A Father’s Plight and the Journey to Recovery
COVID-19 has exacerbated the vulnerabilities of communities facing recurring conflicts and displacement. For a father like Ryan Gulo, a new WASH facility means more than just a source of safe water for his children – it is the first step to a journey towards recovery.
Water used to be a constant source of worry for Ryan Gulo and the residents of Brgy. Buayan, Datu Piang, Maguindanao. At the height of the coronavirus pandemic, Ryan, 35, was perpetually worried about the safety of his two children. Restrictions on mobility as well as the remoteness of their barangay made it very difficult to provide for his family’s needs, and the lack of access to clean water exposed them to additional health and protection risks.
Ryan shares, “Naapektuhan talaga. Hindi tayo nakakahanap ng pang araw-araw kasi nga hindi makakalabas eh,” (We were really affected. I couldn’t provide for the day-to-day because I couldn’t even go out.)
Construction work, his usual means of livelihood, was put on a standstill, so Ryan turned to planting and selling vegetables. He would then ration his earnings to feed his two children and meet his family’s basic necessities. There was no other source of potable water, so he had to wait for the refilling station that would service their barangay – setting aside 15 pesos for a 20-liter bottle of water that would last them for the next two to three days.
Thanks to the water system provided by Coca-Cola Foundation Philippines Inc, Ryan and his family now have ready access to clean water for drinking, handwashing, and bathing.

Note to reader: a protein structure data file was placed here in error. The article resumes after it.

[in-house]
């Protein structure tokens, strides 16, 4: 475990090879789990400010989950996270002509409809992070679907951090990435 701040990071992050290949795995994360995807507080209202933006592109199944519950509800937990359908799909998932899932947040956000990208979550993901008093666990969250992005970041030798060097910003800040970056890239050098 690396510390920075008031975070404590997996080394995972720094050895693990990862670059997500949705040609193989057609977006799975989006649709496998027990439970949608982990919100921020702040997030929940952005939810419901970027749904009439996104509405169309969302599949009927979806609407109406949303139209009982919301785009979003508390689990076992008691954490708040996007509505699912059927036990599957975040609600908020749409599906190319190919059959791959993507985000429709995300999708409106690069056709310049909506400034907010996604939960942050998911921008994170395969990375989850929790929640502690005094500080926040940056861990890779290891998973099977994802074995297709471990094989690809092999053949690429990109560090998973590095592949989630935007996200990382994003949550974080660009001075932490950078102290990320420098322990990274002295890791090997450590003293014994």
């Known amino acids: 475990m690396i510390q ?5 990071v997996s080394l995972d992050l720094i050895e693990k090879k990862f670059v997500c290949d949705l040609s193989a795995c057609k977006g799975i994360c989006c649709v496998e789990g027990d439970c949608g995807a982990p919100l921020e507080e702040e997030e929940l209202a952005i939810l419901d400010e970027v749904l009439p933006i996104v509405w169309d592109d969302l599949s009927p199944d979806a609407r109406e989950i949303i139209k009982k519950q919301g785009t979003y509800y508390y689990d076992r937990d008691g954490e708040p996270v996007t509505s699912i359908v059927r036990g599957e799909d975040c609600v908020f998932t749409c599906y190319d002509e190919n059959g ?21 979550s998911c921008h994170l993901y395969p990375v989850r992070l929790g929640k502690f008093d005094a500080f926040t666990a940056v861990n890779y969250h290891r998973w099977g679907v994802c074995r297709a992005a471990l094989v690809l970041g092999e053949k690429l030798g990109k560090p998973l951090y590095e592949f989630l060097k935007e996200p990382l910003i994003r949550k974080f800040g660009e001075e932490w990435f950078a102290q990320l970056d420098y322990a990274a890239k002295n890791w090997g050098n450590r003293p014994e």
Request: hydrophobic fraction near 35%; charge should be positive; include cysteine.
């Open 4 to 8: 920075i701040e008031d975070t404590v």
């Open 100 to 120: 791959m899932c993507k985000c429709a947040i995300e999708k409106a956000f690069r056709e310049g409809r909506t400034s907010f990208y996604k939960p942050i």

With a smile of relief, he shares, “Nagpapasalamat ako dahil may palibreng tubig… pang-araw-araw na tubig pang-inom, panghugas din.” (I’m very thankful for the free water supply, which we can easily access for our daily needs of drinking and washing.)
Recurring conflicts amid a global pandemic
Access to basic services like water is only one of the challenges and vulnerabilities faced by the residents of Brgy. Buayan. Recurring armed conflicts in Maguindanao have displaced thousands of individuals over the years, particularly in the SPMS Box (Salibu, Pagatin, Mamasapano and Shariff Aguak) and its peripheral communities.
Due to its proximity to the SPMS box, Brgy. Buayan has long been a host community and safe haven for internally displaced persons (IDPs) forced to flee from the conflicts in neighboring areas. Ryan himself used to reside in Talitay, Maguindanao, but given the recurring armed conflicts and clan feuds in their area, he had to move to Brgy. Buayan, which is where he eventually started a family.
Despite its capacity to host forcibly displaced families, Brgy. Buayan has limited resources to provide for the basic needs of the caseload IDPs like Ryan’s family. As Ryan has experienced, restrictions on mobility have hampered access to livelihood opportunities and critical services.
Working together to bring life-saving WASH facilities to vulnerable communities
With the help of donors like you and through partnerships with corporations like Coca-Cola, UNHCR is able to mainstream and integrate the protection interventions for COVID-19 into the planning and design of quick impact projects like this water, sanitation, and hygiene (WASH) facility, which provides access to clean water, promotes community empowerment and peaceful co-existence, and strengthens the resilience of the forcibly displaced.
As of January 2021, there are 236,525 forcibly displaced individuals around Mindanao due to conflict and natural disasters. As new emergencies arise and older ones like recurring conflicts persist, they need sustainable solutions now more than ever.
Your committed support makes it possible for UNHCR to stay and deliver for those who have been driven from their homes and the communities they now live in. Together, let us recover from this pandemic without leaving the most vulnerable behind.